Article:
In this comprehensive and wide-ranging book, Henry Work tells the intriguing story of the significant and ever-evolving role wooden barrels have played during the last two millennia, revealing how the history of the barrel parallels that of ...
Author: Henry H. Work
Publisher: Reaktion Books
Barrels—we rarely acknowledge their importance, but without them we would be missing out on some of the world’s finest beverages—most notably whiskies and wines—and of course for over two thousand years they’ve been used to store, transport, and age an incredibly diverse array of provisions around the globe. In this comprehensive and wide-ranging book, Henry Work tells the intriguing story of the significant and ever-evolving role wooden barrels have played during the last two millennia, revealing how the history of the barrel parallels that of technology at large. Exploring how barrels adapted to the requirements of the world’s changing economy, Work journeys back to the barrel’s initial development, describing how the Celtic tribes of Northern Europe first crafted them in the first millennia BCE. He shows how barrels became intrinsically linked to the use of wood and ships and grew into a vital and flexible component of the shipping industry, used to transport not only wine and beer, but also nails, explosives, and even Tabasco sauce. Going beyond the shipping of goods, Work discusses the many uses of this cylindrical container and its relations—including its smaller cousin, the keg—and examines the process of aging different types of alcohol. He also looks at how barrels have survived under threat from today’s plastics, cardboards, and metals. Offering a new way of thinking about one of the most enduring and successful products in history, Wood, Whiskey and Wine will be a must-read for everyone from technology buffs to beverage aficionados who wish to better understand that evasive depth of flavor.
This book will appeal to individuals within the wine industry, undergraduates in the fields of history, archaeology, food and hospitality, as well as all people interested in wine.
Author: Henry H. Work
Category: Business & Economics
Grape wine has been produced for at least 4,000 years, having been aged, stored and transported in every conceivable type of vessel. Its seductiveness has been enhanced by this packaging: primarily three strikingly different containers – amphorae, wooden barrels and glass bottles. Henry H. Work brings extensive wine experience as a cooper, working with wine barrels and living in California’s Napa Valley to provide a richly detailed and vivid account of wine containers through the ages. This book delves into the history, evolution, and present use of containers, vessels, and stoppers; from animal skin sacks to barrels, from glass bottles to upstart packaging such as wine casks, and even aluminium cans. It considers the advantages and weaknesses of their construction, designs and labels, methods of shipment and storage, as well as their impact on marketing wine to customers. This is an enlightening and innovative read which draws on the most current archaeological research, scientific data and wine business trends. It is richly peppered throughout with the author’s own visits to many of the locations explored in the book, bringing history to life. This book will appeal to individuals within the wine industry, undergraduates in the fields of history, archaeology, food and hospitality, as well as all people interested in wine.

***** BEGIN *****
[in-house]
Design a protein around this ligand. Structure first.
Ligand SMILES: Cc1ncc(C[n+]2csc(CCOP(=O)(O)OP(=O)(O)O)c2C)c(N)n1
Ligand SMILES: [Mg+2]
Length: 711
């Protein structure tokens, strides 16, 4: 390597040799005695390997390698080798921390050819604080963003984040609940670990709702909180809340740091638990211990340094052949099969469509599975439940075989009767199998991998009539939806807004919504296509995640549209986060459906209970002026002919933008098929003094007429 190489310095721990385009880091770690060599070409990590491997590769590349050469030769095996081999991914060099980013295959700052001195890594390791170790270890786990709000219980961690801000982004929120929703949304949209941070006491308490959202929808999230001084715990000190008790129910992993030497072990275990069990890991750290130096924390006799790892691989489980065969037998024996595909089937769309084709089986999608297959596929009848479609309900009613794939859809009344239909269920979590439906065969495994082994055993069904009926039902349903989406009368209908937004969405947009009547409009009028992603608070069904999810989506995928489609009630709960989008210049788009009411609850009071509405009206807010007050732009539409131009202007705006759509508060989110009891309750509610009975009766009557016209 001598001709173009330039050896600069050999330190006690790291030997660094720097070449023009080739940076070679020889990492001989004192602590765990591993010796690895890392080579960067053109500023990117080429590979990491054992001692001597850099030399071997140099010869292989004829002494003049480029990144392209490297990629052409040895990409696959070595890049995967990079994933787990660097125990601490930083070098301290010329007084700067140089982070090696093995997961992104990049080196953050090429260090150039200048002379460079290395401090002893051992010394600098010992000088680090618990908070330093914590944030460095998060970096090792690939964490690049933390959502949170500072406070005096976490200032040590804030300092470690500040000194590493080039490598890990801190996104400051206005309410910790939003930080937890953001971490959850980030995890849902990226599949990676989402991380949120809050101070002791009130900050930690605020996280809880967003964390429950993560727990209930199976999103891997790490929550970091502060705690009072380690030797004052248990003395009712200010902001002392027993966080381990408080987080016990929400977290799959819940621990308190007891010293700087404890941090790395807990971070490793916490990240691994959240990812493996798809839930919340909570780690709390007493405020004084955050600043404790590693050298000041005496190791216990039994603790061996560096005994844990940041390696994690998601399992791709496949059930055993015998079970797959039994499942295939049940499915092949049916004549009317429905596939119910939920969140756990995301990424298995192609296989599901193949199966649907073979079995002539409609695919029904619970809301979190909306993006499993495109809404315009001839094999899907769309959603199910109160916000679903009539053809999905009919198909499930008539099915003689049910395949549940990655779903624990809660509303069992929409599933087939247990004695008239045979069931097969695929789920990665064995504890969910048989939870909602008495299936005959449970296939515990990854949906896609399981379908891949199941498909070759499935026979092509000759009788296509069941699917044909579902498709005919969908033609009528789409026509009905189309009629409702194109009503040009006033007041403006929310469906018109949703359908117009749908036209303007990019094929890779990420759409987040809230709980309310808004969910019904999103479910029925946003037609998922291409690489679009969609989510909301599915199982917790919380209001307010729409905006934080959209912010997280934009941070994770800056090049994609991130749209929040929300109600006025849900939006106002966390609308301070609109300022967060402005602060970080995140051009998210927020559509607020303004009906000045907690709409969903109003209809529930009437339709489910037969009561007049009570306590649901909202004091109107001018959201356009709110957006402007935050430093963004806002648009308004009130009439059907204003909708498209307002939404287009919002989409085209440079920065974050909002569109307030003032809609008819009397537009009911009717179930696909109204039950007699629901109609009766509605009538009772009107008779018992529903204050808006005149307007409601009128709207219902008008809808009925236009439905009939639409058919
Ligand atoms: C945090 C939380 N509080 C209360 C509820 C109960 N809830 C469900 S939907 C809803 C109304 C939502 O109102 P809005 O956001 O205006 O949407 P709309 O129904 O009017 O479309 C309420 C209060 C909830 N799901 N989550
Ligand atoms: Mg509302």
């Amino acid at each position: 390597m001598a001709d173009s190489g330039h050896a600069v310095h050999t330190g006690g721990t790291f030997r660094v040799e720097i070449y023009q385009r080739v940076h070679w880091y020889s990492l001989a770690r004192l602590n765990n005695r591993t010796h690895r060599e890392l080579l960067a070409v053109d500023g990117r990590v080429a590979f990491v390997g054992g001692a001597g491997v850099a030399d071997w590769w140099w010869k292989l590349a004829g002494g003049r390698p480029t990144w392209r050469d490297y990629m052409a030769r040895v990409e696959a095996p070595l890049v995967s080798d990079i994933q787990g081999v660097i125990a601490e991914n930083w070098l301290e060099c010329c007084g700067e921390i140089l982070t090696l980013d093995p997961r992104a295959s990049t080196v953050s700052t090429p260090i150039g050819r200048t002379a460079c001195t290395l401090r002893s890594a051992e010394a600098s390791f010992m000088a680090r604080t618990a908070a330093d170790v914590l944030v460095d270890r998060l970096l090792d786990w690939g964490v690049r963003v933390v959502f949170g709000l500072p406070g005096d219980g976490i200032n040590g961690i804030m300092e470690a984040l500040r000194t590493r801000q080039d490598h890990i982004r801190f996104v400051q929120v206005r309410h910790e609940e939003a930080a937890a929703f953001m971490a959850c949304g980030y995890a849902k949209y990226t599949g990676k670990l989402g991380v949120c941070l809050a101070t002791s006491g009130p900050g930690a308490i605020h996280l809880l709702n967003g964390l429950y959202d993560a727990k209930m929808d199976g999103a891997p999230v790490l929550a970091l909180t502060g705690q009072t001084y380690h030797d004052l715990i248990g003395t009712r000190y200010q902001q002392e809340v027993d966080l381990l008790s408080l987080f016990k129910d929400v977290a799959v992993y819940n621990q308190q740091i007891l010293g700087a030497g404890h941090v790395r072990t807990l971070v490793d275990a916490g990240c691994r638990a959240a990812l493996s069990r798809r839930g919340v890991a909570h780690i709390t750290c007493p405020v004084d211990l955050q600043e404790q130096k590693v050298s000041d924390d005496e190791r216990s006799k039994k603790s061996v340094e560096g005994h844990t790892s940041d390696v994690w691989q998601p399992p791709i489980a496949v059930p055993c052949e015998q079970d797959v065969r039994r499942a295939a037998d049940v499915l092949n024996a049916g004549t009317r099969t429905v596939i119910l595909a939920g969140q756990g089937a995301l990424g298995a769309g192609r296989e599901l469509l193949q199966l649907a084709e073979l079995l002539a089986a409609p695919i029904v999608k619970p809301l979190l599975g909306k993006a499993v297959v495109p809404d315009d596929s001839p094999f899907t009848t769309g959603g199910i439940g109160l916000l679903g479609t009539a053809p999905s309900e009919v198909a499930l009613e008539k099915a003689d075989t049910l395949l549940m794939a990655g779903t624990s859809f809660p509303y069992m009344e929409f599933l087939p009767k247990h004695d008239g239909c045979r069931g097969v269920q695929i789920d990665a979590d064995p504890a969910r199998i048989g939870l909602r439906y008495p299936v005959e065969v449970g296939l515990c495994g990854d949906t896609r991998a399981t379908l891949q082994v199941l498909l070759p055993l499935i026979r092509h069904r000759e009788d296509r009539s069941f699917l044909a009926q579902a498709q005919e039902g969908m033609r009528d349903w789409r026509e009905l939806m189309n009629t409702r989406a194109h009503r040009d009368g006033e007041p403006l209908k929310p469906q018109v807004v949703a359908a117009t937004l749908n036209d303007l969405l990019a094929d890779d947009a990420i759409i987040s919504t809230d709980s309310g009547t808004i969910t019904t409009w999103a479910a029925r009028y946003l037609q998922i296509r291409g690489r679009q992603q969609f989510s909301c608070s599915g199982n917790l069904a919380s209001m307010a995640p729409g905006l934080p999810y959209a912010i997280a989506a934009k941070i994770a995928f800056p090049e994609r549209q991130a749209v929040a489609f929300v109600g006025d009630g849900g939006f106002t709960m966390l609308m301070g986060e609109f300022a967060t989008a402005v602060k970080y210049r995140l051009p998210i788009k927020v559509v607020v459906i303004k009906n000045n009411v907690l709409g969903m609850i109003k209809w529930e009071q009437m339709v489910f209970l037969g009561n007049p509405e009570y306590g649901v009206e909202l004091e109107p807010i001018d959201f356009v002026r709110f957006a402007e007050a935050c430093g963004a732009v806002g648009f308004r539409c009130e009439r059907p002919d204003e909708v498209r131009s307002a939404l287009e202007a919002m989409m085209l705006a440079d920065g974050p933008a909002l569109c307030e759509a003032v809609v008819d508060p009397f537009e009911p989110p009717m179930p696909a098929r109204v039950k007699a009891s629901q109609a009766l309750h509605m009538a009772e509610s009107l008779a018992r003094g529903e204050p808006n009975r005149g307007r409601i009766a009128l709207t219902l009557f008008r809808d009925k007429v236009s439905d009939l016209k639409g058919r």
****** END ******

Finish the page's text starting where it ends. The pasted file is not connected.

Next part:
example, Auchentoshan Three Wood (master blender Rachel Barrie) is matured
in refillbourbon, ex-Spanish oloroso ... Tannic acids, which create those mouth-
puckery, drying feelings that both whiskey and wine lovers look for in balance,
Author: Heather Greene